Liz takes a moment to wish that those people who whine about “there are no good boy books anymore,” and “whatever happened to strong female protagonists” could have a booklist exchange. I’m in full agreement that I don’t believe in “Boy Books” and “Girl Books.” There are certainly some things which have more appeal to guys or girls, but it’s a slippery slope trying to divide books by gender.

Brian F., in the comments brings up another good question for writers constantly wondering if their characters sound genuine. When a female is writing a male character and asks the question, “Does this sound like a boy,” what’s the right answer? “What,” pray tell, Brian F. wants to know, “does a boy sound like?”

That question echoed into my brain and brought me to something else: dominant culture assumption in novels, or how to make a character “sound black.” Anyone want to touch that with a ten foot pole?

No?

I’ve just spent a lot of time in the past week doing what my editor calls “polishing,” which is making sure a character’s country-flavored drawl and Southern colloquialisms are absolutely readable to the average person. Even as a minority, I had no one to ask if my character sounded appropriately ethnic or not — yet there’s always the niggling suspicion that maybe my version isn’t the “right” one.

Is the characterization that I did enough? Despite the fact that I didn’t mention coffee, mocha, chocolate, cinnamon or anything else edible in reference to her, do you think readers will understand that she has an African American ancestry?

Perhaps the only thing that can be said on the “boy” or the “black” issue is this: no one’s got the final word on anyone else’s perception. No one is the authority. Girl, boy, black, blue, go with what you know, do your best to depict things as you hear and see them, and you should be fine.

Really.

There will always be someone who disagrees, who thinks you didn’t do enough, who wants to point out you didn’t do it “right.” Like so many other things in the writing life, one just has to take that in stride.


New poverty estimates from the U.S. Census Bureau’s Current Population Survey indicate that about 13 percent of people nationwide were living in poverty in 2005. However, estimates from the American Community Survey (or ACS, a nationwide annual survey of households conducted by the Census Bureau) show that poverty rates in 2005 varied widely around the country, from less than 8 percent in New Hampshire to 21 percent in Mississippi. The ACS estimates also show that seven states had statistically significant increases in their child poverty rates between 2004 and 2005.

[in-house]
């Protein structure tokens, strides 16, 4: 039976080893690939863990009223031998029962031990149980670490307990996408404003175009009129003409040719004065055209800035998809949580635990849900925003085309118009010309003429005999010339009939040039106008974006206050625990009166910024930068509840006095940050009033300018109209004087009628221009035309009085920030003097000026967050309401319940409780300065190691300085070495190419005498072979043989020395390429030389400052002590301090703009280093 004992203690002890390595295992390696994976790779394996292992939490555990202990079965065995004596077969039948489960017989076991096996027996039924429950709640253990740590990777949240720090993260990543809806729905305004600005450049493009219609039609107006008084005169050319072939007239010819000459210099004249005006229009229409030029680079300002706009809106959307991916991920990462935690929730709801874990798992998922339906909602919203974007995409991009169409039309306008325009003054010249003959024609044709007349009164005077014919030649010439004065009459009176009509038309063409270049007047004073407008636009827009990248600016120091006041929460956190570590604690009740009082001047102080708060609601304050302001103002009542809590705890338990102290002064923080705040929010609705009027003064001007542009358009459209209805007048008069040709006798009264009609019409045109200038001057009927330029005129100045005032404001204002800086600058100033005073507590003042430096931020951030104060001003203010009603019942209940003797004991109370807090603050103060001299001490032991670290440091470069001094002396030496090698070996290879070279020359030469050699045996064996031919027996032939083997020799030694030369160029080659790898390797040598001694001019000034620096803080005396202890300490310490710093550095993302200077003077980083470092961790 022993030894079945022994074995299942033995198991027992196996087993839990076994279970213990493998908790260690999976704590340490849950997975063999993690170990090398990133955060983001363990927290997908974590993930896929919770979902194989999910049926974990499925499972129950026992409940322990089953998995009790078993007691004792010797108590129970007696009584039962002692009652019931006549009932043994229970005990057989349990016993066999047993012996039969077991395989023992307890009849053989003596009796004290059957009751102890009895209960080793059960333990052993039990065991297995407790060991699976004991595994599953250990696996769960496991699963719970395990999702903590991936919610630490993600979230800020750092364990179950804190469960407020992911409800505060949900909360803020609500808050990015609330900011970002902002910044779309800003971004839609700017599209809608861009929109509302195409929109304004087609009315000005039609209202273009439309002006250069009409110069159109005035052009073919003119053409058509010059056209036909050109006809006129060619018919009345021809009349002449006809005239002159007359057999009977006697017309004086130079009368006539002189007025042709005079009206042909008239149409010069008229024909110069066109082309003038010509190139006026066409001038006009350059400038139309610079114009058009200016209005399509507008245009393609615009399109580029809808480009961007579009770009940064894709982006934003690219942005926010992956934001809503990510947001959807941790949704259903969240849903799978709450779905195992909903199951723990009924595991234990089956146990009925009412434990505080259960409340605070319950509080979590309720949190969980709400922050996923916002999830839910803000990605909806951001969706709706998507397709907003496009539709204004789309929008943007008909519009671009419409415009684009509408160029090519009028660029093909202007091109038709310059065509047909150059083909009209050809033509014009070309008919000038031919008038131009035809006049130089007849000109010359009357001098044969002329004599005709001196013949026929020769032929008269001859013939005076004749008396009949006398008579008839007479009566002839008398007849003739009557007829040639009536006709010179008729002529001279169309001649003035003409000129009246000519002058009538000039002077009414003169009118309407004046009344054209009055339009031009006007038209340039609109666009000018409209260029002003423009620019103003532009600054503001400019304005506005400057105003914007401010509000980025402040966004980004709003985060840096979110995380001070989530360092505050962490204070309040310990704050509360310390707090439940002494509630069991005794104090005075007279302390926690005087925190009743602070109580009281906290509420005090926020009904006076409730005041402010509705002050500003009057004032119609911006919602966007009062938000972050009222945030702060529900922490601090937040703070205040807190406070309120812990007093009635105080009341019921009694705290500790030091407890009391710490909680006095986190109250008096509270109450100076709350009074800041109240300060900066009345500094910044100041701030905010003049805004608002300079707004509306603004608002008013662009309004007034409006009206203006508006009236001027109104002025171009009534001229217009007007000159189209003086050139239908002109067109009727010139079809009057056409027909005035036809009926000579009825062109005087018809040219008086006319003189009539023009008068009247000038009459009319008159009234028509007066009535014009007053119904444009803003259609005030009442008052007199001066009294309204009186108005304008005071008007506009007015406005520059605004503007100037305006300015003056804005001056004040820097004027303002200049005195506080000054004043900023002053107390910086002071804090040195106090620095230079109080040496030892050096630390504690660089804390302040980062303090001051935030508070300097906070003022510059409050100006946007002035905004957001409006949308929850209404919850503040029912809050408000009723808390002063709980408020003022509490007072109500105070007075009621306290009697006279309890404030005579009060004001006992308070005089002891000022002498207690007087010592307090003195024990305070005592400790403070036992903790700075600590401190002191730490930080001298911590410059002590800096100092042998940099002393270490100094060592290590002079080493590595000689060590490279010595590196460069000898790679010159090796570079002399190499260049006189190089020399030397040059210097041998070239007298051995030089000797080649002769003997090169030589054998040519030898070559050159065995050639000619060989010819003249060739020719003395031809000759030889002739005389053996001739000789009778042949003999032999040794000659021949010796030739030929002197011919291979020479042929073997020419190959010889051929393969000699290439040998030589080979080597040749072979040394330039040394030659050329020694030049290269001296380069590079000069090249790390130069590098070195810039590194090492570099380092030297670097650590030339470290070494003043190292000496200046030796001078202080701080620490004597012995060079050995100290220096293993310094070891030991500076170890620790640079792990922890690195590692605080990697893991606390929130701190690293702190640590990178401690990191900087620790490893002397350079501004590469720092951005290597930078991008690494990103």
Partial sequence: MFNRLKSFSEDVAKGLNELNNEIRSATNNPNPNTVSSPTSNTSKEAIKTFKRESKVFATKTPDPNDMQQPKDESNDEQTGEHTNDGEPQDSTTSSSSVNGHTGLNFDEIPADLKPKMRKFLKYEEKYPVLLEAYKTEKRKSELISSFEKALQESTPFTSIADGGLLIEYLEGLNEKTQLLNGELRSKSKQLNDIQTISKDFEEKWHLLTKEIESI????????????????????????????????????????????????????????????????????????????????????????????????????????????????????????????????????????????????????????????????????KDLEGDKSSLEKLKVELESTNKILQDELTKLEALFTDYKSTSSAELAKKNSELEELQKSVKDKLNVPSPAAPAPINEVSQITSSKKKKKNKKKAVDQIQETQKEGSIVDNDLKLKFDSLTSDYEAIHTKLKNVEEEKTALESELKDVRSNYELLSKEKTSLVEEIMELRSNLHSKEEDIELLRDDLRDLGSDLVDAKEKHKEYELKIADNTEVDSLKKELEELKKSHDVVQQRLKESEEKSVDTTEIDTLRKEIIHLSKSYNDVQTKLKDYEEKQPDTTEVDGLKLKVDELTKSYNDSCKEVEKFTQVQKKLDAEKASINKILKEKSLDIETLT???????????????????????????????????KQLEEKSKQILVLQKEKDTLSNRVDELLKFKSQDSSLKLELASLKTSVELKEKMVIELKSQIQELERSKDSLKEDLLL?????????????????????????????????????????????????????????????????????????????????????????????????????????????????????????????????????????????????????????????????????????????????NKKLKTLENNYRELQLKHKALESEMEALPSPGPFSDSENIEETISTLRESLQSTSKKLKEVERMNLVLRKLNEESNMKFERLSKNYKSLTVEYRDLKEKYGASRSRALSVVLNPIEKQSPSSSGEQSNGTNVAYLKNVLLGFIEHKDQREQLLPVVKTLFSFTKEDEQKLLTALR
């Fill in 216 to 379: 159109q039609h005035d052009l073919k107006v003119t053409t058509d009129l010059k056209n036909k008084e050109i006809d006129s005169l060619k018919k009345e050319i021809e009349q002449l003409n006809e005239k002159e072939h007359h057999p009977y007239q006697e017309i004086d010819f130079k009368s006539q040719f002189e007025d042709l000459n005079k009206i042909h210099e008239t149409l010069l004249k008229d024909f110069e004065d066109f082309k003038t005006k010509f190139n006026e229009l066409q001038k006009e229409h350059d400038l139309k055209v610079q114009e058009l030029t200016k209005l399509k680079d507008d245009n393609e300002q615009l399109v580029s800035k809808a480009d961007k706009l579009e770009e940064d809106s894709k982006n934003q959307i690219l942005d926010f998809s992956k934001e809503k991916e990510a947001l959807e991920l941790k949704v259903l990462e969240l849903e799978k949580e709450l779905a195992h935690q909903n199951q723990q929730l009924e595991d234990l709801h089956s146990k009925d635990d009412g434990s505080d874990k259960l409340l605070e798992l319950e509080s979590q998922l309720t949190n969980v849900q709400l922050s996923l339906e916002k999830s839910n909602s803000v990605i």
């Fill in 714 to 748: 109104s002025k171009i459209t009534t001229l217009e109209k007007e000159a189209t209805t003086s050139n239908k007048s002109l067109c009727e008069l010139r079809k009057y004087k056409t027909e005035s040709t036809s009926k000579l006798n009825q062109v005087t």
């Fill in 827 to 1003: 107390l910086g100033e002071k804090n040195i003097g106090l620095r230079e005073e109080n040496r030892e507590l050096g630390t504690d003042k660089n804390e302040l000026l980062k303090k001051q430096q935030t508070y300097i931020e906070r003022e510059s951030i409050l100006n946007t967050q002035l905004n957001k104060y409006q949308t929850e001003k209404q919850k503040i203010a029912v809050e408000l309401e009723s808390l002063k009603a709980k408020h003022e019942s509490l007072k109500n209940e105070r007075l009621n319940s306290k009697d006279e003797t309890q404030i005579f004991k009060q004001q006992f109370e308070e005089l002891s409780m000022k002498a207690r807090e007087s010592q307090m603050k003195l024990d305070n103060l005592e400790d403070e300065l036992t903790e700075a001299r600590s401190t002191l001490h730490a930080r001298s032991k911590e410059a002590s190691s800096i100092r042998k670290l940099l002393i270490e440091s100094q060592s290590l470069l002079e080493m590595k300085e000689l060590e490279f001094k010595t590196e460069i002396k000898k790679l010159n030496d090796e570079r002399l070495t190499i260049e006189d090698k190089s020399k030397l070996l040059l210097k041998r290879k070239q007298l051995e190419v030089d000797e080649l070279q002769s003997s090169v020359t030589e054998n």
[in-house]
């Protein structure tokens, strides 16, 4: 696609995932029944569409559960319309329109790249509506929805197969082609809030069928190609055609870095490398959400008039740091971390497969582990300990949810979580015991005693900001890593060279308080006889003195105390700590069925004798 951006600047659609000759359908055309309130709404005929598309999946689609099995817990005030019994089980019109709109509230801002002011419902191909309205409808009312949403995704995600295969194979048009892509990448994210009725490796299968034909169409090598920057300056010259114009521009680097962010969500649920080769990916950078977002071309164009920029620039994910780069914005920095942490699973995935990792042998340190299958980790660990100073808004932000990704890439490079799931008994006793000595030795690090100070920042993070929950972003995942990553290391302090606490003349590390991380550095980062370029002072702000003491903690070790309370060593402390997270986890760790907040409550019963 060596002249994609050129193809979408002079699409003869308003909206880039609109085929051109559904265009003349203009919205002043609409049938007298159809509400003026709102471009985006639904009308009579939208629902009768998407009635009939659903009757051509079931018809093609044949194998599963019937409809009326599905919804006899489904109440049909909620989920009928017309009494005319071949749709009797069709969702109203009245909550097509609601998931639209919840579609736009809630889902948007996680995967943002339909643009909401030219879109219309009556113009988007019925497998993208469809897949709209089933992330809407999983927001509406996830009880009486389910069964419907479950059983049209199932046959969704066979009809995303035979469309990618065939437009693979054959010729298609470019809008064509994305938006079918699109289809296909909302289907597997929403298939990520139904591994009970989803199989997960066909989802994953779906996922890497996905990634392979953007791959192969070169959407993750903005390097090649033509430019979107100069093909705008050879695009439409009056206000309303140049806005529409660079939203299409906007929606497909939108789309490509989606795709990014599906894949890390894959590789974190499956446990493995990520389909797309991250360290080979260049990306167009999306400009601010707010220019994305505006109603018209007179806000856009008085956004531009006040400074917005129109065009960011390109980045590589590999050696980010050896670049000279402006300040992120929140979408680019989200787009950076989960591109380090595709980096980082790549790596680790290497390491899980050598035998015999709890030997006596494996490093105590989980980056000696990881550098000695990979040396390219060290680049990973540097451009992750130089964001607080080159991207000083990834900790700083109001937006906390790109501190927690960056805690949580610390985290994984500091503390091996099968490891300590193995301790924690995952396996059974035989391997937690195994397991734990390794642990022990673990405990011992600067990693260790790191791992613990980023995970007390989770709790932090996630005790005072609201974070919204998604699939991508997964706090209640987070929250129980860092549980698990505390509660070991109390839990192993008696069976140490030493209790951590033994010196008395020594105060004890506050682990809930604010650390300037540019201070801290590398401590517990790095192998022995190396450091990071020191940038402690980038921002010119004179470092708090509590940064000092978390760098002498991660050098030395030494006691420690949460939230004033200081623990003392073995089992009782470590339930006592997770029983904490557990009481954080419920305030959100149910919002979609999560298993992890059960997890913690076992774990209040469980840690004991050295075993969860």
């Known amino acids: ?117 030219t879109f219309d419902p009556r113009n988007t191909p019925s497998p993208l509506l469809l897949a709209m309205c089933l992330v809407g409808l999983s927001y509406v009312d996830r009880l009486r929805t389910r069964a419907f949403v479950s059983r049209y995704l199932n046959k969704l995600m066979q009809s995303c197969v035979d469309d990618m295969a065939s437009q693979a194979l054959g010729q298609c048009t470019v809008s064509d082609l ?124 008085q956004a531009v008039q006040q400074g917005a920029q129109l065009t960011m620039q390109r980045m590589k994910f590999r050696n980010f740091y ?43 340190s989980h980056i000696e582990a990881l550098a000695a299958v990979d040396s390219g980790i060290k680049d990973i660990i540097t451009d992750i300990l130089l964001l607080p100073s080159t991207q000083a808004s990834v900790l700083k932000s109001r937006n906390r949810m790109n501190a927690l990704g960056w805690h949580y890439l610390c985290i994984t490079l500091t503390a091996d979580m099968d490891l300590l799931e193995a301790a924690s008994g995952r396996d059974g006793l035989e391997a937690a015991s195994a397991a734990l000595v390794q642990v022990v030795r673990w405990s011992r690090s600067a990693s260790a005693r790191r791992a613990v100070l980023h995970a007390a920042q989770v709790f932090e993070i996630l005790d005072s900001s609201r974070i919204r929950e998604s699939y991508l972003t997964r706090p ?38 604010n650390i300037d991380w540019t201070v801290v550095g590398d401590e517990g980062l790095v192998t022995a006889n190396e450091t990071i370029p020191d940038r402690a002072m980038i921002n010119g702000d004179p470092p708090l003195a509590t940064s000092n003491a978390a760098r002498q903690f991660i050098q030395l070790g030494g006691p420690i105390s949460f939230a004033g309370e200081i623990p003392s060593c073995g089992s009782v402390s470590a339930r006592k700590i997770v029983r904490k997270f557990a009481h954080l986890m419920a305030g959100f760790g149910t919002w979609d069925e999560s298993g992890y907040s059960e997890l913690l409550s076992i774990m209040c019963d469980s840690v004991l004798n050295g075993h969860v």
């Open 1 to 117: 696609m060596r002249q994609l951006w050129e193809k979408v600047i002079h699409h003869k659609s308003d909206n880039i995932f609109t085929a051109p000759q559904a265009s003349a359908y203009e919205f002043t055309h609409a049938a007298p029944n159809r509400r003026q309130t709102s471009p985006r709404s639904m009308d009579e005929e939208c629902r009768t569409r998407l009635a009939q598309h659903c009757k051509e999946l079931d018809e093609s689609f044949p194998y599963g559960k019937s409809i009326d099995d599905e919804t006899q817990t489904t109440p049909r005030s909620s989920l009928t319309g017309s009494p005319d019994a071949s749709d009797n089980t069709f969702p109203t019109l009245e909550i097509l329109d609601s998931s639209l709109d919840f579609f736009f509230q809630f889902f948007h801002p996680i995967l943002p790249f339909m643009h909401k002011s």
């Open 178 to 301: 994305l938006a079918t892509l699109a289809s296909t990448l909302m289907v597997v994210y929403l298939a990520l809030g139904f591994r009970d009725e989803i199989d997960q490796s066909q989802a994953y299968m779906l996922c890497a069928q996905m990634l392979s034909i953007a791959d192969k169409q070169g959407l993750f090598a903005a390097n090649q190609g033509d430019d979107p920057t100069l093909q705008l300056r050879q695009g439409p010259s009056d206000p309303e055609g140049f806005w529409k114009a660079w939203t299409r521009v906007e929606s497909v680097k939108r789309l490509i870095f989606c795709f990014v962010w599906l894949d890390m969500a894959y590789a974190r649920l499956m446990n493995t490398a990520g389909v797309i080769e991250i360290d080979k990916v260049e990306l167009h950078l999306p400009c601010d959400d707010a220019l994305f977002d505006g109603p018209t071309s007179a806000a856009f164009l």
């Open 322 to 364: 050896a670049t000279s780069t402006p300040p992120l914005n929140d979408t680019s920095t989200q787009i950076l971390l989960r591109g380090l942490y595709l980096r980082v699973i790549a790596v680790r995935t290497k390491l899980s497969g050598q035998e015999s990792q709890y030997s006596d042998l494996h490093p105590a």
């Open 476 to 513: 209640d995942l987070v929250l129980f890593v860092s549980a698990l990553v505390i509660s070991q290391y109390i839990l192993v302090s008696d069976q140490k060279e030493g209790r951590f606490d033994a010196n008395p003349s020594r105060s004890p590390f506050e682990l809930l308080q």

And now for a word from Colleen:

If you don’t read about kids in your economic strata who make it, who study great subjects, or build great things, or create great art, then you don’t think you can either. If you don’t see success for those from “your world” reflected on tv or in movies or in books then you will come to believe that certain – or maybe all – levels of success are not possible for you.

You will never be rich enough to be anything.

Can it be said any more clearly that all young adults need to see themselves reflected in the literature they read? Though I am personally hesitant about titles which glorify violence and no copy-editing urban lit arguably reflects a socio-economic group that should also be represented. Definitely something to consider. Go, read Chasing Ray, and put in your two cent’s worth.

But What's A Boy Sound Like?

In actual BOOK news, On the Guardian Book blog, UK children’s author Anthony McGowan talks about toilet humor encouraging kids to read. Middle graders are a tough audience — and the gross factor matches well with his book, HELLBENT. Not sure if this one is slated for a U.S. release any time soon. (And how much do you want to bet they’d have to change the name?) One thing I do have to say is that I’m glad McGowan doesn’t say he encourages BOYS to read by using toilet humor. He said, “KIDS.” As in, girls too.

Liz takes a moment to wish that those people who whine about “there are no good boy books anymore,” and “whatever happened to strong female protagonists” could have a booklist exchange. I’m in full agreement that I don’t believe in “Boy Books” and “Girl Books.” There are certainly some things which have more appeal to guys or girls, but it’s a slippery slope trying to divide books by gender.

Brian F., in the comments brings up another good question for writers constantly wondering if their characters sound genuine. When a female is writing a male character and asks the question, “Does this sound like a boy,” what’s the right answer? “What,” pray tell, Brian F. wants to know, “does a boy sound like?”

That question echoed into my brain and brought me to something else: dominant culture assumption in novels, or how to make a character “sound black.” Anyone want to touch that with a ten foot pole?

No?

I’ve just spent a lot of time in the past week doing what my editor calls “polishing,” which is making sure a character’s country-flavored drawl and Southern colloquialisms are absolutely readable to the average person. Even as a minority, I had no one to ask if my character sounded appropriately ethnic or not — yet there’s always the niggling suspicion that maybe my version isn’t the “right” one.

Is the characterization that I did enough? Despite the fact that I didn’t mention coffee, mocha, chocolate, cinnamon or anything else edible in reference to her, do you think readers will understand that she has an African American ancestry?

Perhaps the only thing that can be said on the “boy” or the “black” issue is this: no one’s got the final word on anyone else’s perception. No one is the authority. Girl, boy, black, blue, go with what you know, do your best to depict things as you hear and see them, and you should be fine.

Really.

There will always be someone who disagrees, who thinks you didn’t do enough, who wants to point out you didn’t do it “right.” Like so many other things in the writing life, one just has to take that in stride.